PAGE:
Though her work with mindfulness practices is ongoing, her previous research findings suggest that children have a more positive experience when they can physically interact with their parent and do things like sit on the parent’s lap or give the parent a hug. These children also display higher levels of distress when they interact with a parent through Plexiglas or some kind of barrier.
In the absence of physically visiting a parent, Poehlmann-Tynan discovered that writing letters can have a positive benefit as do video calls. Federal and county jails are taking her findings and beginning to develop in-home video platforms so children can stay at home and talk to their parents through a secure video call. She says in-home calls are beneficial because then the kids can be comfortable at home in a more normalized environment.
Outside of the home, the science points to the impact of conditions and attributes of individuals, families and communities that can help children cope more effectively. Providing children of incarcerated parents with stable living arrangements with positive, stimulating and educationally supportive home environments generally improves children’s cognitive and emotional well-being – a relevant discovery since these children are more likely to have unstable placements relative to the general population.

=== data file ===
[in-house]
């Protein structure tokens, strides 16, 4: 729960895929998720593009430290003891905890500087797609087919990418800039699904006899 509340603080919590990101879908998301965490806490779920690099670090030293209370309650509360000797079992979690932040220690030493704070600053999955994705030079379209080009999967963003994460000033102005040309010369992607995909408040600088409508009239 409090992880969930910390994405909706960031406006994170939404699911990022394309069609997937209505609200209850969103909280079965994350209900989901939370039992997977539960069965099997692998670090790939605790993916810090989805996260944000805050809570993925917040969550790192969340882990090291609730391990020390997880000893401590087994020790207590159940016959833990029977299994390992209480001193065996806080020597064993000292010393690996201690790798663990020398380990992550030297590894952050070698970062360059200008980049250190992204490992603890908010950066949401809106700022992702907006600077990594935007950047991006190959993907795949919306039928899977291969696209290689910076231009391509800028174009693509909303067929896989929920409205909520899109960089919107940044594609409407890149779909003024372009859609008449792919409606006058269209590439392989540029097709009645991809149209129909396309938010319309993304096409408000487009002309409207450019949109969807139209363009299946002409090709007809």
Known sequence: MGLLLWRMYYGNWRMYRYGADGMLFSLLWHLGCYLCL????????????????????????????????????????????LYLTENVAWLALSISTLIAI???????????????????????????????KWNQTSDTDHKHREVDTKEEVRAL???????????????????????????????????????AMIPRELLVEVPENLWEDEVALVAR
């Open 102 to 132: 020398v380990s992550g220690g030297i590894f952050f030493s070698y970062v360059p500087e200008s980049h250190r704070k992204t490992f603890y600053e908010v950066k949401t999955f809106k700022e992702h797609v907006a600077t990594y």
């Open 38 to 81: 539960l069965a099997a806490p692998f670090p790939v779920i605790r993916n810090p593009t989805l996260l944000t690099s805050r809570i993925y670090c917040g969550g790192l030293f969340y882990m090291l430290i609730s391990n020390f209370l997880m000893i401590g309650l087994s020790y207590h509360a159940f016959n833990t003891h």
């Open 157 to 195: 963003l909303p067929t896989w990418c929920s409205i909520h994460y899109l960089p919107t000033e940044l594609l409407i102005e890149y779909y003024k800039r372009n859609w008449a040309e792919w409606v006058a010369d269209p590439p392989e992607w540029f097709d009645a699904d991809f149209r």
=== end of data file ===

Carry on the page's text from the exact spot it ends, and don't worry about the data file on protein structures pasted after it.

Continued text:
Poehlmann-Tynan hopes her research continues to spark a larger, nationwide policy conversation about how children interact with the criminal justice system, whether it’s updating standards to making visits more child-friendly or exploring alternatives to incarceration. She is collaborating with other researchers who are working on an initiative called Safeguarding Children of Incarcerated Parents to develop protocols for healthy parent-child visits during parental incarceration.
She intends for her work to reach policymakers, who can strengthen antipoverty measures and programs aimed to provide support to economically disadvantaged families and families of color, who experience parental incarceration at higher rates.
- Brita Larson